Despite numerous health warnings about the risks of meat consumption, our appetite remains unsatisfied. Here are five reasons to give a vegetarian diet a go.
Five reasons to become vegetarian
It seems that our hunger for meat is increasing year on year. Statistics from the Worldwatch Institute show that in 2010 the average consumption of meat per capita within industrial countries was 80 kilograms a year.
This may sound counter-intuitive, given the rise in all things vegan and vegetarian. But, despite numerous warnings about high meat consumption – including estimates of 11 per cent of deaths in men and 16 per cent of deaths in women being preventable if the amount of red meat we eat was significantly reduced – our appetite remains unsatisfied.
The environmental factors don’t appear to discourage us, despite the fact that raising livestock accounts for approximately 23 per cent of all global water use in agriculture, which equates to 1.15 litres of water per person per day. In addition, we’re responsible for an estimated 18 per cent of greenhouse gas emissions, 40 per cent of the world’s methane and 65 per cent of the world’s nitrous oxide.
These facts alone may sound like compelling reasons to go vegetarian, or at least reduce meat consumption. Here are five other reasons to go green.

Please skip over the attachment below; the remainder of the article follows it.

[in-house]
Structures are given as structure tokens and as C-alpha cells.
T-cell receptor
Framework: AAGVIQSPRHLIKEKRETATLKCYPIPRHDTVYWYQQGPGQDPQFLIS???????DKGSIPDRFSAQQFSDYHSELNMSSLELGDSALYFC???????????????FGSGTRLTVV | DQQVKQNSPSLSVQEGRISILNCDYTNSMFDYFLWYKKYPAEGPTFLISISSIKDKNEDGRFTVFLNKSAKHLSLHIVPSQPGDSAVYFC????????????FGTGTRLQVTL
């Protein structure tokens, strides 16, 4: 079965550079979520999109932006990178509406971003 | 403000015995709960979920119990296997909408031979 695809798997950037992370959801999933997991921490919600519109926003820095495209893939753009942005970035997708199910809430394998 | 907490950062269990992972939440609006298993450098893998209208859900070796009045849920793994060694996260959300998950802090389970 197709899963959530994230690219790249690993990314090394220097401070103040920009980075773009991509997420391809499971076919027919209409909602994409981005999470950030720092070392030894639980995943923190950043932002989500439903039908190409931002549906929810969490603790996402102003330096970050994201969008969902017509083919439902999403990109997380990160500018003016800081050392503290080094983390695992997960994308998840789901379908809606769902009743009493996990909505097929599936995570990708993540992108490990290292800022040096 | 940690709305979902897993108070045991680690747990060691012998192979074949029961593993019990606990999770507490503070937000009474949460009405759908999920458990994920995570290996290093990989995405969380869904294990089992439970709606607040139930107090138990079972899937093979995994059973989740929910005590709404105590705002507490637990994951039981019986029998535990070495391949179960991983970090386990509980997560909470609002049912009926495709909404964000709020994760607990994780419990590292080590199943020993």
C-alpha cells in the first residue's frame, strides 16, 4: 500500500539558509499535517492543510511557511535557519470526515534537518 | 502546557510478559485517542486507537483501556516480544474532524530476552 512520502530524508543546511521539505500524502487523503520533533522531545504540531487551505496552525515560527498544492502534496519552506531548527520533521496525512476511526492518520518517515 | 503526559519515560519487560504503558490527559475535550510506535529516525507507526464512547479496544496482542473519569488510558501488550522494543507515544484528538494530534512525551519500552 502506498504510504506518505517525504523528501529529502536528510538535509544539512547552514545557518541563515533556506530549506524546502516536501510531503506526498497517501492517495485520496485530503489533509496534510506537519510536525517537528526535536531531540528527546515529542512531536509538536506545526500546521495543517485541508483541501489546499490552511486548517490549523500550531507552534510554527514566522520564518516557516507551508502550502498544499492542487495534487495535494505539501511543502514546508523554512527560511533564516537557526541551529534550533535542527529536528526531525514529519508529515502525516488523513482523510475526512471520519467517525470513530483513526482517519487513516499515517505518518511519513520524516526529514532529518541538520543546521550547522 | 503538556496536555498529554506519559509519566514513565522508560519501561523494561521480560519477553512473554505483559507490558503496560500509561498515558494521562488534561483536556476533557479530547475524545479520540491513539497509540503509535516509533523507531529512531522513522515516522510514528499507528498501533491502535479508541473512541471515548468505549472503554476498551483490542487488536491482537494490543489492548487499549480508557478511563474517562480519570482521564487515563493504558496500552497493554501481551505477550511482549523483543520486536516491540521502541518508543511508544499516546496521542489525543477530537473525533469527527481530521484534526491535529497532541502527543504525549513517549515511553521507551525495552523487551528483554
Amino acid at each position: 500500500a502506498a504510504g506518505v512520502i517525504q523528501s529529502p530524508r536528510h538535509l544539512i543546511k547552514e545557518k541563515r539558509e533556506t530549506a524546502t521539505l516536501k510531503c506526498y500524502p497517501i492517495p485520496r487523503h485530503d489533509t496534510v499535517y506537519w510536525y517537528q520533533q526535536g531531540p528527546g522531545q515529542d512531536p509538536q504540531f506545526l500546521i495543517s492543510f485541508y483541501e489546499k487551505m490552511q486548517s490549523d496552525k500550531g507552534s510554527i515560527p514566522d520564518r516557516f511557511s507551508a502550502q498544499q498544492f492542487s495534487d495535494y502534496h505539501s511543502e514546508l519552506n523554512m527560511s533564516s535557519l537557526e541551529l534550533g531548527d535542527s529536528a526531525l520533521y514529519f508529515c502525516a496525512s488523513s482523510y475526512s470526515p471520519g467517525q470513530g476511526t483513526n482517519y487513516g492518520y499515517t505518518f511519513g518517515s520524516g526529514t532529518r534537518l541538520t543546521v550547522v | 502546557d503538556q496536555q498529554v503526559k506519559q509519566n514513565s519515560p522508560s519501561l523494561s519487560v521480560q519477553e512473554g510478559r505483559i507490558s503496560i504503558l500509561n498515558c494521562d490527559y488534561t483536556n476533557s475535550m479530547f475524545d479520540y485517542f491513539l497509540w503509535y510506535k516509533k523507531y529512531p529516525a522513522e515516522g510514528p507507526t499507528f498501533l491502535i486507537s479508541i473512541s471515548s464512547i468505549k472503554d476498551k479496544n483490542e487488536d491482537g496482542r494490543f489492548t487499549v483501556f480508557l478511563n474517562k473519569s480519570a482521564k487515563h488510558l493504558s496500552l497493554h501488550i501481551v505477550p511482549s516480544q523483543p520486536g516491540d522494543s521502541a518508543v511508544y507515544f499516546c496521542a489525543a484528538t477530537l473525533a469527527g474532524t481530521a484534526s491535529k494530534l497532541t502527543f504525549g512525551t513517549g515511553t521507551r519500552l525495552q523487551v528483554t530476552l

1. Lose weight
The promise of a smaller waist could tempt even the most avid carnivore, so this has to be the top reason. A study at Oxford University detailing 38,000 adults made a strong case for vegetarianism, finding that meat eaters had a higher BMI for their age compared with semi-vegetarians and vegetarians.
2. Live longer
Another study from Oxford University published in the British Medical Journal found that vegetarians lived, on average, six years longer than meat eaters. It is understood that plant diets are typically richer in fibre and nutrients that boost the immune system and put less stress on your body.
3. Feel happier
The more fruits and vegetables that you eat, the happier you feel, with the optimal portions per day being seven. Typically, a vegetarian diet is richer in fruits and vegetables, giving an extra boost of positivity and energy, as explained by a study published in the British Journal of Health Psychology.
4. Look better
Eating more fruits and vegetables, or more “live” foods, helps provide the body with “living energy” – which translates into brighter skin, shinier hair and a healthy glow. All the antioxidants in plant foods are responsible for this from increased circulation and oxygenation. If you want to glow, eating more raw foods will certainly help to illuminate you from within.
Unless you insist on going organic, meats tend to accumulate significant amounts of hormones, herbicides, pesticides and antibiotics.
Laura Holland is a well-being consultant and nutritional therapist. For more information, go to www.BeUtifulYou.Com